Updated: June 4, 2016 1:19:54 pm
Shashi Kapoor: The Householder, The Star
“As I pieced together interviews for this book, I realized that many people had forgotten Shashi Kapoor,” writes journalist Aseem Chhabra in the introduction to his new biography of the third son of the second generation of the Kapoor dynasty.
Of all the Hindi film stars from the 1960s to 1980s, how could people forget Shashi Kapoor? He did everything. He was a major mainstream hero and a stalwart of multi-starrers, a producer of highly-regarded parallel cinema, a player of leading roles in international productions, and a dedicated supporter of theatre. Almost 50 years before Priyanka Chopra sang for the National Football League on American TV, Shashi Kapoor starred as a gigolo in a romance with Disney child star Hayley Mills in a film based on a Noël Coward story (Pretty Polly, 1967)—but most people don’t remember that, if they ever knew it in the first place.
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How fickle is cultural memory, somehow able to misplace the contributions of such an artist, and how amazing is the true story of Kapoor’s career. That is exactly the reason you should devour Shashi Kapoor: The Householder, the Star: it’s astounding that he did all of this so successfully, having three careers when other actors would be desperate to excel at just one.
Chhabra’s discussion and analysis of the actor’s work are chronological and also pick up the threads of these seemingly divergent worlds the actor was involved in, following each through a selected filmography and including significant quotes from people who worked with the star. Chhabra structured this book wisely, making sense of Kapoor’s life and very broad and deep career. The author also provides enough varied material for readers to understand the complexities of the actor’s love of acting, film and theatre.
Evidence is presented again and again that Shashi Kapoor was a gentleman and a professional as an actor, a true colleague to everyone on his films. He took a chance on small projects that are still held in esteem today, such as the political drama New Delhi Times (1986). The book also shows that Kapoor was working on projects and in ways that nobody else was — and readers are left to realise that if he hadn’t made the commitments he did, there would be holes in the landscapes of Hindi and India-focused international cinema of the 1960s, ’70s, and ’80s. Can you imagine anyone else as the vain and selfish matinee idol in Bombay Talkie or the soul-searcher of Siddhartha or the calm, classy foil to Amitabh Bachchan’s storm?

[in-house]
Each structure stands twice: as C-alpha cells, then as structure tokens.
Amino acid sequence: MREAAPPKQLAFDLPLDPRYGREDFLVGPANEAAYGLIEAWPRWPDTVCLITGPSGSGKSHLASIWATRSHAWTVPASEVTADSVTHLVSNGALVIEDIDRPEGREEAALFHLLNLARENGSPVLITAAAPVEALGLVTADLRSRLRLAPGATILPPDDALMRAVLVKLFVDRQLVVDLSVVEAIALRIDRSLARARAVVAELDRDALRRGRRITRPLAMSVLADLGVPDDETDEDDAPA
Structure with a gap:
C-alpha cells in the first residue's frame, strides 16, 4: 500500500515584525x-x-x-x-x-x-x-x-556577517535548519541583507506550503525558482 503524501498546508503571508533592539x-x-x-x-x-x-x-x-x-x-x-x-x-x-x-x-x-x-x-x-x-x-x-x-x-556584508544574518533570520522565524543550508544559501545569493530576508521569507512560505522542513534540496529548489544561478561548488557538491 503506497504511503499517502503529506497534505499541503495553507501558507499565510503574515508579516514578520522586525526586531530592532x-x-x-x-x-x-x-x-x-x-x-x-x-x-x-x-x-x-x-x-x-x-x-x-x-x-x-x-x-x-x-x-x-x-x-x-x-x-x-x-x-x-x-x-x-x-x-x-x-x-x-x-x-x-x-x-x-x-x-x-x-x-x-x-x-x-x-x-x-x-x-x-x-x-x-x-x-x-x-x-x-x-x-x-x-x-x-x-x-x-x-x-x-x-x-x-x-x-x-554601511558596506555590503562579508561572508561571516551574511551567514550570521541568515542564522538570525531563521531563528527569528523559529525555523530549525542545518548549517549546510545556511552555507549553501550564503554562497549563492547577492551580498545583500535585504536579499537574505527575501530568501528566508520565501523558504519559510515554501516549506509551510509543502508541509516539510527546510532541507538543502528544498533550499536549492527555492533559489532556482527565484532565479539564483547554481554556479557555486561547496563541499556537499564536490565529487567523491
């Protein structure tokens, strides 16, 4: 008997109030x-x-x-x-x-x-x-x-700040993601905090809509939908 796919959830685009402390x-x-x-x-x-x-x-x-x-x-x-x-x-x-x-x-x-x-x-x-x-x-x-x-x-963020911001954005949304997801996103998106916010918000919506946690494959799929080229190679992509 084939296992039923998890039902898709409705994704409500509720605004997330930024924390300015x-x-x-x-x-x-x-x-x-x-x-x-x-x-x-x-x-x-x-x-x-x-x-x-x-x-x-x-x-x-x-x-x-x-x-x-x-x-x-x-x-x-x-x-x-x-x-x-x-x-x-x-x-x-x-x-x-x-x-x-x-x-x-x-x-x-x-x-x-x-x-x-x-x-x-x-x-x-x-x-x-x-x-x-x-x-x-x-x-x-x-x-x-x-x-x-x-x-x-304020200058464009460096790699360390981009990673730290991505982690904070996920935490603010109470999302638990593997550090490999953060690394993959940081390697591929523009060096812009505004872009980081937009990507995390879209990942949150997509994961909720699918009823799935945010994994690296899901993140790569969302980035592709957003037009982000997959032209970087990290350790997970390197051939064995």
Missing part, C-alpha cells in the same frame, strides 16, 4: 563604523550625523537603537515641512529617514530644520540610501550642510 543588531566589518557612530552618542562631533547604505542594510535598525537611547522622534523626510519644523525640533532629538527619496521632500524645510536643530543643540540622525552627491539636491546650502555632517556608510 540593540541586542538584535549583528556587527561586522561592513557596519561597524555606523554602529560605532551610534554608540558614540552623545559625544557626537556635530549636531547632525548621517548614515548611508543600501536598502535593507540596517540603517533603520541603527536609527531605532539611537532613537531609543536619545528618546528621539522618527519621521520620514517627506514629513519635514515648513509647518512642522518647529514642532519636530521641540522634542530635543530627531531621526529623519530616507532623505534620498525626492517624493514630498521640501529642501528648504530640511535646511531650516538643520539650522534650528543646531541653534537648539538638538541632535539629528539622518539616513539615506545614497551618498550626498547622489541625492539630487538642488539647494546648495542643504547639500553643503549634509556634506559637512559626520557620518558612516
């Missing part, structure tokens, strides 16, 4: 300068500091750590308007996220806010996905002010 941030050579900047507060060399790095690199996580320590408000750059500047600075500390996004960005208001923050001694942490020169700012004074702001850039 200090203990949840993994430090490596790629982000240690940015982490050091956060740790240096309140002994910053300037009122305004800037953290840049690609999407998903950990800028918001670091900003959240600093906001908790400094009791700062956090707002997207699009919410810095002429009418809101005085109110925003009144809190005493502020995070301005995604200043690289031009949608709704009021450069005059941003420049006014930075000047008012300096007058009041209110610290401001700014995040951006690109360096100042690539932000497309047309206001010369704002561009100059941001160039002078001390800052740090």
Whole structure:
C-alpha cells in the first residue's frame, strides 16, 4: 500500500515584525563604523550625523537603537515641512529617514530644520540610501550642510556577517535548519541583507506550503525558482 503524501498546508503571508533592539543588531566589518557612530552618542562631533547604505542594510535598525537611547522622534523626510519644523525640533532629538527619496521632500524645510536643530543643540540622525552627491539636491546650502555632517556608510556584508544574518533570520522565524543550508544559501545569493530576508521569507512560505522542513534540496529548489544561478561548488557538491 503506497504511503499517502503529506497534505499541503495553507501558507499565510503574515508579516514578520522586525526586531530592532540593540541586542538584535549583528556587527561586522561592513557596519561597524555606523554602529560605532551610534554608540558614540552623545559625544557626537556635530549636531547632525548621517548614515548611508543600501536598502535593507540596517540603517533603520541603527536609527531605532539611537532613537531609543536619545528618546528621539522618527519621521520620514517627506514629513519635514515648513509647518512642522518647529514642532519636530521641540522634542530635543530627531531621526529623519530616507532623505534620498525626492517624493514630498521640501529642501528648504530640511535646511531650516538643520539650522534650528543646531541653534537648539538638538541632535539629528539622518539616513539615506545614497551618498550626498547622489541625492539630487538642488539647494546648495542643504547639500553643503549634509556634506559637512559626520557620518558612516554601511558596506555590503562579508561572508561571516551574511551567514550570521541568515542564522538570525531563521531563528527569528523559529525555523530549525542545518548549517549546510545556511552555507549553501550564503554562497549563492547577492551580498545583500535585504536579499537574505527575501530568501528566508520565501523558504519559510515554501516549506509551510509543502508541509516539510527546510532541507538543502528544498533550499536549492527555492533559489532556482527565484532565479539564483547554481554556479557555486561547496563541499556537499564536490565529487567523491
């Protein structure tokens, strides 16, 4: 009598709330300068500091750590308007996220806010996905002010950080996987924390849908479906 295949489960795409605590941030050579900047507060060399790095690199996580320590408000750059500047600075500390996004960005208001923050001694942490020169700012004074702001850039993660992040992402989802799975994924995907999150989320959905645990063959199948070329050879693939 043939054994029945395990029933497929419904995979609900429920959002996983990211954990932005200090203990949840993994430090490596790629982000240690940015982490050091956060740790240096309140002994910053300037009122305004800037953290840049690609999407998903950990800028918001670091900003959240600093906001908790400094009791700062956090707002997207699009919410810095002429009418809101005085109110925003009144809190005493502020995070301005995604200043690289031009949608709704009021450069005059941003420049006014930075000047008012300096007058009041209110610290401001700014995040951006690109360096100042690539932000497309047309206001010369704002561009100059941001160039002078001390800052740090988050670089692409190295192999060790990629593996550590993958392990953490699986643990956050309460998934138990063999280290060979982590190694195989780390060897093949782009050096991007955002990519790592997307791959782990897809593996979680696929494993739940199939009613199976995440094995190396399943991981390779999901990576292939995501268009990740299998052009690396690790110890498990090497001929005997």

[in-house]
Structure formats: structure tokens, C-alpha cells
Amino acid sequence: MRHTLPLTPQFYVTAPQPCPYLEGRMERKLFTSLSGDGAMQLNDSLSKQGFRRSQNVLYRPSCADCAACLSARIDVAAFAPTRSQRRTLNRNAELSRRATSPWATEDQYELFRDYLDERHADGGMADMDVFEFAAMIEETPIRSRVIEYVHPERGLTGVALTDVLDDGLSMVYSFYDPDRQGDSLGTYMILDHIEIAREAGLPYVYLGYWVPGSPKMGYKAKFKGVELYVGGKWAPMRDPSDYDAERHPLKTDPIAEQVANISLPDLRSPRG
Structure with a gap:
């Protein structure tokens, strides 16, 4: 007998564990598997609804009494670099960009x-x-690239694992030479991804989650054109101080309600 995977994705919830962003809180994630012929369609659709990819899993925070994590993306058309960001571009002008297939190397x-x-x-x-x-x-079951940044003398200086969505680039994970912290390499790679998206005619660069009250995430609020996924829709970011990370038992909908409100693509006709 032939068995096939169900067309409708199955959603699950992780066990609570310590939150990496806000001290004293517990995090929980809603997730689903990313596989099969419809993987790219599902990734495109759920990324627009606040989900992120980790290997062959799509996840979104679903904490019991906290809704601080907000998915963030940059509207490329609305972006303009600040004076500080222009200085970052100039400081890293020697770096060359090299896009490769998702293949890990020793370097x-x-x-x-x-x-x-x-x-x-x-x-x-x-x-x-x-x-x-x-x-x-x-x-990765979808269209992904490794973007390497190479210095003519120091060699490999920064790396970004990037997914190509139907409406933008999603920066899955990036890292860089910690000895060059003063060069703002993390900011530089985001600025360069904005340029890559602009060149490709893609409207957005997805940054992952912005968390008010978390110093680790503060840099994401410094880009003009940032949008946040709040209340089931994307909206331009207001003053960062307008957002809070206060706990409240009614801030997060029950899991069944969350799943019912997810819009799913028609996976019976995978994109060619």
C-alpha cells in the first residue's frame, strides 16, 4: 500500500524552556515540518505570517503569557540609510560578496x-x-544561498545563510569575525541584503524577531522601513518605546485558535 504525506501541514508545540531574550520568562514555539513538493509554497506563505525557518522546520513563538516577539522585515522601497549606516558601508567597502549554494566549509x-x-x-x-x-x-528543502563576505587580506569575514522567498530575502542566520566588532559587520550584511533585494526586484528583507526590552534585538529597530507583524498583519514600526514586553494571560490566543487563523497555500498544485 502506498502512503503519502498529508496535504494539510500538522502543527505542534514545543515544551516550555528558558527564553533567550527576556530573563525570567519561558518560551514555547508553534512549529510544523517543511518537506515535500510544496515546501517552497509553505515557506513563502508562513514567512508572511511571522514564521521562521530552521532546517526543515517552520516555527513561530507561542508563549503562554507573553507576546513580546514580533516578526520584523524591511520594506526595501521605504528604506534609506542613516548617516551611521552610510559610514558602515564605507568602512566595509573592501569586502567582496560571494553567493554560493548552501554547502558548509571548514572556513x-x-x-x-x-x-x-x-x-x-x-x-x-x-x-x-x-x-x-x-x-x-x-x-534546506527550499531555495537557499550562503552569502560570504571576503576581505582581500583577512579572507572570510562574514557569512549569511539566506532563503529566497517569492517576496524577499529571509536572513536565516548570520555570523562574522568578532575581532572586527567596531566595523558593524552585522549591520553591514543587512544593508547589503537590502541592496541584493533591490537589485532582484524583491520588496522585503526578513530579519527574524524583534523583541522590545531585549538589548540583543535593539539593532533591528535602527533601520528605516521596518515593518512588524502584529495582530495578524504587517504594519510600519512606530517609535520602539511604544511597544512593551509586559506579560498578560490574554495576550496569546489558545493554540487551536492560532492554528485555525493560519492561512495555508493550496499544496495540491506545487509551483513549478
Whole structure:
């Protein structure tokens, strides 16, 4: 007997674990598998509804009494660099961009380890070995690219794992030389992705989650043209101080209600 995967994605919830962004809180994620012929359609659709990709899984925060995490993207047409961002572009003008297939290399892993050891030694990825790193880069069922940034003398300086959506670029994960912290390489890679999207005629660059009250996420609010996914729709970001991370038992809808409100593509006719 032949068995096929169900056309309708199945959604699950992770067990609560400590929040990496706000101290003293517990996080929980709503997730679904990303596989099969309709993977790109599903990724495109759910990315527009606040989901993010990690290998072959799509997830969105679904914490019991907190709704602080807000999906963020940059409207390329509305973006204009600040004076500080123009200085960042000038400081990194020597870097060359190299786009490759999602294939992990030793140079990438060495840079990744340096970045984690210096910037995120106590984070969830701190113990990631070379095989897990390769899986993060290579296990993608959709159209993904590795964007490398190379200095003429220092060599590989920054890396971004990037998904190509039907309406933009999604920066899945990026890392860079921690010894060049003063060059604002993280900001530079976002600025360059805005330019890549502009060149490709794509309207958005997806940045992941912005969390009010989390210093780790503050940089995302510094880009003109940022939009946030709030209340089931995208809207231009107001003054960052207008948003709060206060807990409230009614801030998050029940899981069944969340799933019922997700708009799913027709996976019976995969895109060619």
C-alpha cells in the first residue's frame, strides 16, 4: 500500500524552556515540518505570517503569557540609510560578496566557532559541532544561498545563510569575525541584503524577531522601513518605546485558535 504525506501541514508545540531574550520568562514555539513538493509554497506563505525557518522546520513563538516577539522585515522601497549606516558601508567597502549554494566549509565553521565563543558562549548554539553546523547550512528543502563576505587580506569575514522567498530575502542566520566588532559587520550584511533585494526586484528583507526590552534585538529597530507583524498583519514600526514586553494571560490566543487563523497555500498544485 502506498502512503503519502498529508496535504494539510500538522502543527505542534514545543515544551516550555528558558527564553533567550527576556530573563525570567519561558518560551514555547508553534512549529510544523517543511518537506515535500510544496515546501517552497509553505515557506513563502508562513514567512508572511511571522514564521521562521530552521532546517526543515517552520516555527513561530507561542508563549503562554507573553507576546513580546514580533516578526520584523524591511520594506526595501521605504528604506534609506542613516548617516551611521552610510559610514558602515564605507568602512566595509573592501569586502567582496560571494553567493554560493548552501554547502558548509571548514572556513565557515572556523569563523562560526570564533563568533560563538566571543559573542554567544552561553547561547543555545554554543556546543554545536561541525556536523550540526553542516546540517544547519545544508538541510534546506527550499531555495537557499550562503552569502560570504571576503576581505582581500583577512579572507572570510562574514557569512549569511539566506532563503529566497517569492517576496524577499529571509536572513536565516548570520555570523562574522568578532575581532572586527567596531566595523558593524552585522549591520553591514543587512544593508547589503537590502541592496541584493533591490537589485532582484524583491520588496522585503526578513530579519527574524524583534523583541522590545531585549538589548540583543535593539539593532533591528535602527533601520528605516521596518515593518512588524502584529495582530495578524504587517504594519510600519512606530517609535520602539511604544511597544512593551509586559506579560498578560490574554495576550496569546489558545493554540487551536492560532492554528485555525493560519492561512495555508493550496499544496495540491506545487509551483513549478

Significantly (and very unusually for non-academic books on Hindi cinema), Chhabra has footnoted his references, so it’s easy to follow up on whatever stories tantalize you the most. For example, if your heartstrings ping at the romance between Shashi and his English wife Jennifer Kendal, whom he met while both were working in their families’ traveling theatre troupes, you should dive into the early chapters of the autobiography by Jennifer’s sister Felicity, who evocatively details their love story. This may be particularly handy in exploring his masala filmography, which is too vast to be covered in a book of this length. Chhabra has included a list of the films broken down by co-star, leading to discoveries like how often he appeared with Rekha and how seldom with Asha Parekh.
If your experience of Shashi Kapoor’s work has focused on only one of these areas — just the Merchant and Ivory films, for example, or just the 1970s masala — Chhabra has surprises for you. There are films that bombed at the box office, films that barely got made, films that involved a United Nations-worthy slate of collaborators, and adventures with the biggest names in Hindi cinema like Yash Chopra, Manmohan Desai, and, of course, Amitabh Bachchan. If you are a particular fan of the actor, you will already be familiar with some of the anecdotes and history (Shashi warning Amitabh away from bit parts, resulting in him bailing on Bombay Talkie), but they’re organised in a new and very useful way, and the range of interviewees and resources (such as co-star Sharmila Tagore, director James Ivory, and screenwriter Hanif Kureishi, among others) means the perspectives are fresh and diverse. It’s a rich, engaging telling of a story we think we know.
When I express my love of this actor, people often reply with “Mere paas Maa hai,” the infamous retort from his famous role as the goody-goody cop brother in Deewaar, as though that summed up a career. Chhabra’s biography could change that. He proves, carefully and with great affection, how Shashi Kapoor is so much more than that.
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